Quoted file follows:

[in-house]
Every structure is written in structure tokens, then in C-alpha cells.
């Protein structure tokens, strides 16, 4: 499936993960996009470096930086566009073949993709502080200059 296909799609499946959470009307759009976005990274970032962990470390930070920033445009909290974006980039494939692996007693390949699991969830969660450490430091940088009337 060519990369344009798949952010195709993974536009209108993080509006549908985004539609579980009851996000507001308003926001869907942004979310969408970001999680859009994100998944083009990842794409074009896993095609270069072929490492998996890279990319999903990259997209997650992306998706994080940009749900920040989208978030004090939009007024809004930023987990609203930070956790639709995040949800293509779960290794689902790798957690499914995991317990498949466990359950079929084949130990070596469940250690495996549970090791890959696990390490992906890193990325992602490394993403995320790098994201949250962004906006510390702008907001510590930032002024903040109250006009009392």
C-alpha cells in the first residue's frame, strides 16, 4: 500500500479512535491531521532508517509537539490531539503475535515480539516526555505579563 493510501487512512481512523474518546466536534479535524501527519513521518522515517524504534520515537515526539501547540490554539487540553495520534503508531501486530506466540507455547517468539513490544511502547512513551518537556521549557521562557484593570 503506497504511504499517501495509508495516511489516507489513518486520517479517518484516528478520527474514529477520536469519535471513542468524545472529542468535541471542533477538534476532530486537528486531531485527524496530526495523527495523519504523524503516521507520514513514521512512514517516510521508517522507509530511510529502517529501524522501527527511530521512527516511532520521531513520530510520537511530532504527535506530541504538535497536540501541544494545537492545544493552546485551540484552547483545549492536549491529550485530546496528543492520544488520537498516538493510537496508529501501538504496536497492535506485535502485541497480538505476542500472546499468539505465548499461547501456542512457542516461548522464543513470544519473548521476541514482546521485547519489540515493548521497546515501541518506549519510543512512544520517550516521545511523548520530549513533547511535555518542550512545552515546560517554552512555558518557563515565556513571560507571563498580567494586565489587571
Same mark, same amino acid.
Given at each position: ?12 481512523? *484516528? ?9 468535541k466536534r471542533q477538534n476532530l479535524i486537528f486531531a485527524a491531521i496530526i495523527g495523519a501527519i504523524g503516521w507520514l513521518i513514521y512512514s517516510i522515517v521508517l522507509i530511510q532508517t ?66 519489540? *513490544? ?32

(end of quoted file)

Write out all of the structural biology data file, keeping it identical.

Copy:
[in-house]
Every structure is written in structure tokens, then in C-alpha cells.
């Protein structure tokens, strides 16, 4: 499936993960996009470096930086566009073949993709502080200059 296909799609499946959470009307759009976005990274970032962990470390930070920033445009909290974006980039494939692996007693390949699991969830969660450490430091940088009337 060519990369344009798949952010195709993974536009209108993080509006549908985004539609579980009851996000507001308003926001869907942004979310969408970001999680859009994100998944083009990842794409074009896993095609270069072929490492998996890279990319999903990259997209997650992306998706994080940009749900920040989208978030004090939009007024809004930023987990609203930070956790639709995040949800293509779960290794689902790798957690499914995991317990498949466990359950079929084949130990070596469940250690495996549970090791890959696990390490992906890193990325992602490394993403995320790098994201949250962004906006510390702008907001510590930032002024903040109250006009009392």
C-alpha cells in the first residue's frame, strides 16, 4: 500500500479512535491531521532508517509537539490531539503475535515480539516526555505579563 493510501487512512481512523474518546466536534479535524501527519513521518522515517524504534520515537515526539501547540490554539487540553495520534503508531501486530506466540507455547517468539513490544511502547512513551518537556521549557521562557484593570 503506497504511504499517501495509508495516511489516507489513518486520517479517518484516528478520527474514529477520536469519535471513542468524545472529542468535541471542533477538534476532530486537528486531531485527524496530526495523527495523519504523524503516521507520514513514521512512514517516510521508517522507509530511510529502517529501524522501527527511530521512527516511532520521531513520530510520537511530532504527535506530541504538535497536540501541544494545537492545544493552546485551540484552547483545549492536549491529550485530546496528543492520544488520537498516538493510537496508529501501538504496536497492535506485535502485541497480538505476542500472546499468539505465548499461547501456542512457542516461548522464543513470544519473548521476541514482546521485547519489540515493548521497546515501541518506549519510543512512544520517550516521545511523548520530549513533547511535555518542550512545552515546560517554552512555558518557563515565556513571560507571563498580567494586565489587571
Same mark, same amino acid.
Given at each position: ?12 481512523? *484516528? ?9 468535541k466536534r471542533q477538534n476532530l479535524i486537528f486531531a485527524a491531521i496530526i495523527g495523519a501527519i504523524g503516521w507520514l513521518i513514521y512512514s517516510i522515517v521508517l522507509i530511510q532508517t ?66 519489540? *513490544? ?32